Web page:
As transport and energy systems localise, council can start planning for a new local manufacturing boom.
Online platforms are already popping up to re-energise citizen participation. Crowd writing, shared decision making, crowdsourced opinion, encrypted electronic voting and more are re-energising participation in local democracy.
We won’t have to go to the town hall: we will participate online. This jump in participation will enliven and improve how council operates and delivers services, with the old top down model becoming obsolete.
Retail will move towards life and away from stuff. Morley’s Emporium’s social enterprise model, Food Fossickers and niche products like local brewing and breads are all thriving. Around the world, sharing stores and fixing stores and meet up and skill sharing cafes are popping up.
Council will start to remove vehicle infrastructure in the city, planning for the return of the local walkable shopping strip, pop up trade, local markets and public places for people to be together. Council is in deep planning phase for real time freight for the city that runs on a local electric autonomous fleet.
I’m currently working on bringing the sharing economy to Bendigo, providing real time access to goods and services from lifts, stuff, money, time, skills, spaces and more. We will move beyond ownership of stuff to shared access. This will be cost effective, convenient and if the tech is owned by local cooperatives, the value will stay local.
Council can change the design of streets, buildings, public places and services to reflect this new sharing focus.
These big systematic changes will make us healthier, happier, more diverse and more connected. Council will focus on place making, community connection, walkability, 10-minute neighbourhoods, cycling, parks, access to nature, quality aged and child care and the child friendly city.
Children and the aged will reclaim streets and public places. The return of local biodiversity will have a big impact on local health, wellbeing and sense of place, and greening the city will help keep it cooler.
The new local access economy will bring students back to Bendigo in droves. Their vibrancy will be our vibrancy. Council is planning for the 10,000 people that will live in the city centre by 2030. This will be safer, more fun, more alive, will open up new markets and will create a more edgy city.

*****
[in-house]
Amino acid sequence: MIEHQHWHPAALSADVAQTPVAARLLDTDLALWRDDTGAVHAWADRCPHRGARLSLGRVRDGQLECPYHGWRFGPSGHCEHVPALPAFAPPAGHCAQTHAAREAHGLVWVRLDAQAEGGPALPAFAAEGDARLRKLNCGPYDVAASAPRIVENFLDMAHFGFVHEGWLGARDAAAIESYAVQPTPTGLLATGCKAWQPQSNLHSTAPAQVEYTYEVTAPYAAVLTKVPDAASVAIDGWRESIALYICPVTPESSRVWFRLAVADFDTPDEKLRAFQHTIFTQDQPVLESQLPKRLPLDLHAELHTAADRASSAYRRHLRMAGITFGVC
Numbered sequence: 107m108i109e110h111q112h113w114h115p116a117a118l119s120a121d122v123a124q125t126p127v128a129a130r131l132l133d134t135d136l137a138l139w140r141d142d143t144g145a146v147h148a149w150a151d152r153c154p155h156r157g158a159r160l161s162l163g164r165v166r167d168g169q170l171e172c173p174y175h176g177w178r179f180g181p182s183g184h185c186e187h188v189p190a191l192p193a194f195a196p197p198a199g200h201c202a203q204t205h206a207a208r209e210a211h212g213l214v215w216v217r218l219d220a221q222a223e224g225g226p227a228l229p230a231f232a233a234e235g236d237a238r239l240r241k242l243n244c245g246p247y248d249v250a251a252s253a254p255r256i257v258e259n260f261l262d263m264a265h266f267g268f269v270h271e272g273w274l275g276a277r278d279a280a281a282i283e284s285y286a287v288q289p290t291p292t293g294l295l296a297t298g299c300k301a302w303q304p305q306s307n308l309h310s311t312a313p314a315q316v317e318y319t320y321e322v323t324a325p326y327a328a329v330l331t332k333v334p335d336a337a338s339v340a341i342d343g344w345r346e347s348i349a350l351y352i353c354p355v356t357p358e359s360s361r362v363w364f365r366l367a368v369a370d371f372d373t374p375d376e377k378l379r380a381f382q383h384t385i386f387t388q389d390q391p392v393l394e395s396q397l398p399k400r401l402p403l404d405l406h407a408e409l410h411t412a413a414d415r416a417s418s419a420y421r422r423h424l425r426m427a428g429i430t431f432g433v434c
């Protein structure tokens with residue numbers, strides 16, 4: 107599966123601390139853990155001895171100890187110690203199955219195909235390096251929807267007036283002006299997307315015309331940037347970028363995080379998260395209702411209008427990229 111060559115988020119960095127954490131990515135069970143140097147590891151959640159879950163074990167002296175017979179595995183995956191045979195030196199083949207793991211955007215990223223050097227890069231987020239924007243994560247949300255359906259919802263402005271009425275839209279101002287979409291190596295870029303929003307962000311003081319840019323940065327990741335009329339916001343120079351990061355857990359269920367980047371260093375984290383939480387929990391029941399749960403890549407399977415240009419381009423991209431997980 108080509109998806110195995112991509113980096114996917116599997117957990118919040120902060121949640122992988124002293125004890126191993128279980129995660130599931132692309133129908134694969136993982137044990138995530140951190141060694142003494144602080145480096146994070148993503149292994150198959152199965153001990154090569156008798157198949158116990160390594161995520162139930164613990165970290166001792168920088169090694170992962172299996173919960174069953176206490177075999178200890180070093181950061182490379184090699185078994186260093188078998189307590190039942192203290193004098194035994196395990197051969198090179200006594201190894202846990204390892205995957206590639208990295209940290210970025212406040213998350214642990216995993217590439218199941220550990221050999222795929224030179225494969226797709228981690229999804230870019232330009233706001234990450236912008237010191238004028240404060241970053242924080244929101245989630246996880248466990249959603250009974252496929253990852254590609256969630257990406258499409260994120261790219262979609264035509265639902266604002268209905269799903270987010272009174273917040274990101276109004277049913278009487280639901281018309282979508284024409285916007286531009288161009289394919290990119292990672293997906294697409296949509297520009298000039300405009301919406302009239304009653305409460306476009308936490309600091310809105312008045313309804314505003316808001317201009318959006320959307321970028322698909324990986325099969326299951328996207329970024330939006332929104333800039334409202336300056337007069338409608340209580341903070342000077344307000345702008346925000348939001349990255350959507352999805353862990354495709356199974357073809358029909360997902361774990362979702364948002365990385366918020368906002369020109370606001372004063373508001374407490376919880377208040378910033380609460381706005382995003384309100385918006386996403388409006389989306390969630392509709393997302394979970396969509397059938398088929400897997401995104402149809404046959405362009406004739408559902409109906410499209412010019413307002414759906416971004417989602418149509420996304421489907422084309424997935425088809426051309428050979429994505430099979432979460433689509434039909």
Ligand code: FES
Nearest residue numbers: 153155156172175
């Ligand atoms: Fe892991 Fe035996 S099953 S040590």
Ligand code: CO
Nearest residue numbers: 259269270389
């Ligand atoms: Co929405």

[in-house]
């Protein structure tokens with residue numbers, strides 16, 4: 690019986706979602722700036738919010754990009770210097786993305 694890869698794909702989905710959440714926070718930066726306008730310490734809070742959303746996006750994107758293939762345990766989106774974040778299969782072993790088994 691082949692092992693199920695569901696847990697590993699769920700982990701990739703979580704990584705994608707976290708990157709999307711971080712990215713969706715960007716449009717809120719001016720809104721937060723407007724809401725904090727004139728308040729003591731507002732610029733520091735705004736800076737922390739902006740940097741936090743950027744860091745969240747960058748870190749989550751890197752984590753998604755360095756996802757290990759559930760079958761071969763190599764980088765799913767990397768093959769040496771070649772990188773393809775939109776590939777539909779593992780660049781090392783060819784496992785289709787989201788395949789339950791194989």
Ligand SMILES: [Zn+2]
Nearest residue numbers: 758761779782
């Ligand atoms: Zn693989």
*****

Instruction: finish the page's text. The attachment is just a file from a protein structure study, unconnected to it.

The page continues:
The old economy is dead and people know it, but salvation does not come from fear or clinging to the past.
Bendigo is no different. Fear of cultural diversity has already caused outbreaks of bigotry. Fear of a new economic system creates longing for an imaginary past. We must rise above our fears and learn together and if we can we will thrive.
The key to our future strength as a city is to take the best and most brilliant ideas from around the world and localise them. Put simply, our spending and our work need to relocalise, circulating locally and enriching us all. Roads, rates and rubbish is so 1950s. The council mantra from 2020 needs to be local people, local places, local economy.
Claire and I chose Bendigo to raise our family and make a good life here. We can create that good life together. I’m with social researcher Hugh Mackay, who in his book The Good Life asks what makes a life worth living? His conclusion is both provocative and passionately argued:
“A good life is not measured by security, wealth, status, achievement or levels of happiness. A good life is determined by our capacity for selflessness and our willingness to connect with those around us in a meaningful and useful way.”
Ian McBurney is an ecological sustainability speaker, facilitator, MC and educator. He also assists large businesses to make the transition to sustainability. He will help you reduce environmental costs, understand and integrate sustainability into your business and set up and inspire your green team – you’ll be ready for the new economy. More about Ian here.